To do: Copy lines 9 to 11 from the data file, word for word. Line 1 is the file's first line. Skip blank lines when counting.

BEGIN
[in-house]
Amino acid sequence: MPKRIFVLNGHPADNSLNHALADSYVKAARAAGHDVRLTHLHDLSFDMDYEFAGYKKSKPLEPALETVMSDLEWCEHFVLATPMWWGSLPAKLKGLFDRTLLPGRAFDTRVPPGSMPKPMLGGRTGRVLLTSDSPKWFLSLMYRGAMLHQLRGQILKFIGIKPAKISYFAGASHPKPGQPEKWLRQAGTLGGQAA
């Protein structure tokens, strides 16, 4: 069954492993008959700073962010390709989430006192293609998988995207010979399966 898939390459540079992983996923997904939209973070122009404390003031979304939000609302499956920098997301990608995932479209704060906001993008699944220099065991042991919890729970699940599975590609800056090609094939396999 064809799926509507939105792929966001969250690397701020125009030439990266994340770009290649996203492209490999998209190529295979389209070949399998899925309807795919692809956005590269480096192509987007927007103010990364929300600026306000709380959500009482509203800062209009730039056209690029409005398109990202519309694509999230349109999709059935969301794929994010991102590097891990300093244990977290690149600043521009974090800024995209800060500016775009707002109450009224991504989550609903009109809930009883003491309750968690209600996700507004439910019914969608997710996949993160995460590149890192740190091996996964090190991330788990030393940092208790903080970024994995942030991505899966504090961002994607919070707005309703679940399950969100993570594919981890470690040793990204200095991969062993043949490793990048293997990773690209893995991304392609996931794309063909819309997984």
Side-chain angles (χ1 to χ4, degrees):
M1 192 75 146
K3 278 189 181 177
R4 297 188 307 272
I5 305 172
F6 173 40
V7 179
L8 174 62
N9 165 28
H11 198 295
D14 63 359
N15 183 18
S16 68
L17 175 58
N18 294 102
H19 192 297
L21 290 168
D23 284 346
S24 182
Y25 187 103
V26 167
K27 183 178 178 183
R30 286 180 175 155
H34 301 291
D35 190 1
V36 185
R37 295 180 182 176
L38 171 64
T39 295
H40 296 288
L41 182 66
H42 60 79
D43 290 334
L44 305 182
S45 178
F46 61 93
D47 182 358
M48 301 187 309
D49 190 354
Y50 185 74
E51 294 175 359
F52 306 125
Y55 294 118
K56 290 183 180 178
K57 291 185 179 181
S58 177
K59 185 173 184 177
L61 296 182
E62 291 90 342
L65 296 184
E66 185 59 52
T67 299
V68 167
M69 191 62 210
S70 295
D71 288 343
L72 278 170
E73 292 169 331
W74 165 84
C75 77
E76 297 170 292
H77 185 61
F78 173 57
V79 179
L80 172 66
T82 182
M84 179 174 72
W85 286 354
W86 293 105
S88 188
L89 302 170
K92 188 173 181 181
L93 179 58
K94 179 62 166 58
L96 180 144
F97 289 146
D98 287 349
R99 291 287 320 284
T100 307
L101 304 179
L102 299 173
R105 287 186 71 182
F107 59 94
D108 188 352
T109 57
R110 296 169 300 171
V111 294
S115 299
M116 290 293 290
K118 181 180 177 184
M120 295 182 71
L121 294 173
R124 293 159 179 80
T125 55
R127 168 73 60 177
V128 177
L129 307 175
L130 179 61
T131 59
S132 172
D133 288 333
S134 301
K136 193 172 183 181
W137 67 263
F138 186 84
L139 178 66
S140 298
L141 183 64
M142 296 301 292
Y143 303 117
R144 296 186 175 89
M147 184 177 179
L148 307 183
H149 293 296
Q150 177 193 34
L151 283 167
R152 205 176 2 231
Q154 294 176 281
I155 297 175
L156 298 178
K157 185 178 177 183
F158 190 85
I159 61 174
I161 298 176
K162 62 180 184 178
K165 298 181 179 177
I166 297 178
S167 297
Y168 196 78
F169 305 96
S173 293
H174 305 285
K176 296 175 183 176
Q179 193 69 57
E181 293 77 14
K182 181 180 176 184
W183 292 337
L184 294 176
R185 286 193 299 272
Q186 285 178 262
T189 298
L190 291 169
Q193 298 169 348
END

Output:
F6 173 40
V7 179
L8 174 62